To give a summery, there are some JSON data stored in storage table. Clients need to have the latest version of these data to start the game. Let’s call these data definitions.
A couple of questions arise when dealing with definitions.
1- What is the most efficient way to store definitions? Should everything be in one entry, or we should separate them as much as possible?
2- How much data in bytes should we have to even start worrying about database read performance? (i.e., if there is only 1 KB of definitions, it doesn’t really matter what you do. It’s going to be fine)
Also, in the GitHub issue, it was mentioned that we should look which game screen needs definitions at game start. In my use case, we prefer to get all definitions for every game screen at startup to avoid any unnecessary loading time when traveling between game screens.
@mnarimani These are a good set of questions. I’ll answer each inline.
What is the most efficient way to store definitions? Should everything be in one entry, or we should separate them as much as possible?
It would be really good if you could provide more specific details about the entities that make up these definitions. For example are they collectable card game stats, is it an inventory system, is it a shop catalog? The details do matter for what the best logical breakdown of these data structures look like.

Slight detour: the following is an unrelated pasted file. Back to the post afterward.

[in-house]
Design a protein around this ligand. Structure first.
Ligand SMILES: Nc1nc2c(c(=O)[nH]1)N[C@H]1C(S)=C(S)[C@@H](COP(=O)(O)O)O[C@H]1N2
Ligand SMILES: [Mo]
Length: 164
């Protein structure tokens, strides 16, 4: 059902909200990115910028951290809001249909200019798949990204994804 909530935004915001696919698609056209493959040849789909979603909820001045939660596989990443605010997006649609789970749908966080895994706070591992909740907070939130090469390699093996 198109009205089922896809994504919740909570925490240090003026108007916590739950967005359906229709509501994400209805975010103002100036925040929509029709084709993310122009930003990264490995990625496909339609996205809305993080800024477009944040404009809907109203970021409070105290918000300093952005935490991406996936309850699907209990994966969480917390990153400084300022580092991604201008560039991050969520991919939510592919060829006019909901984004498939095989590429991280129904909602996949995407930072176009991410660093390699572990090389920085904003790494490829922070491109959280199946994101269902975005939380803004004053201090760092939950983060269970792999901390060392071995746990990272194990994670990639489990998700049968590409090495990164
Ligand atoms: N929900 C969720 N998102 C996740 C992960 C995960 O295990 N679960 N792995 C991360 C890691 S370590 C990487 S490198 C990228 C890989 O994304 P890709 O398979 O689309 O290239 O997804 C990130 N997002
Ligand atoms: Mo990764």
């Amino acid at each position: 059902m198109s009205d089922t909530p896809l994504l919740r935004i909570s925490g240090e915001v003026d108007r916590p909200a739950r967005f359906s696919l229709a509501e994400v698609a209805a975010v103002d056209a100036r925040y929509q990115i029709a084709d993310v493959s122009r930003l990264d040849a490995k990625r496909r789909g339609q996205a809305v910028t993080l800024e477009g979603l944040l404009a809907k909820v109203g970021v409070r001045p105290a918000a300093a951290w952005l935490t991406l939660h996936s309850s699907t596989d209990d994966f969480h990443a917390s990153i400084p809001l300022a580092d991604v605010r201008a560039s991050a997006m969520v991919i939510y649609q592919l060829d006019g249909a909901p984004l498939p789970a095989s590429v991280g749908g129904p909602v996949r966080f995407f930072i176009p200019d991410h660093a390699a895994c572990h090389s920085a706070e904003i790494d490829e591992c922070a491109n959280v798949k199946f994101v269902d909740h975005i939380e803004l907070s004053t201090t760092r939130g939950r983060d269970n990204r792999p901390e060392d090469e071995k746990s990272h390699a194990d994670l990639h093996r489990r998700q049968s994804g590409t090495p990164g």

How much data in bytes should we have to even start worrying about database read performance?
There’s two ways to consider this problem (though it differs slightly between AWS Aurora, Postgres, and CRDB):
We limit batch reads to 100 objects per batch request though we may lift this to 1000 in a newer release. Anything above 10,000 storage objects in a single read will start to degrade over time as the dataset grows. This is just a functional restriction on how IO is utilized by database engines on disk.
In general you want to denormalize your data objects into logical groups. For example I’d put all collectable card definitions in a single storage object. The upper limit on a storage object depends on the specific database engine you use but in Postgres its 1GB and in CRDB I’d suggest you keep it to around 64MB max.
In my use case, we prefer to get all definitions for every game screen at startup to avoid any unnecessary loading time when traveling between game screens.
Sure, this approach is fine too. You could also consider a foreground load at game start and a background load for data which will not be “seen” by the player for a little while perhaps because of the layout of the UI in the game client.
At last, I chose to split data into logical groups as much as possible.
Even though in our case (~500 KB of data) it doesn’t make much difference in performance, it makes a lot of difference in ease of use. With split data it’s much easier to work simultaneously (There won’t be a lot of version rejects).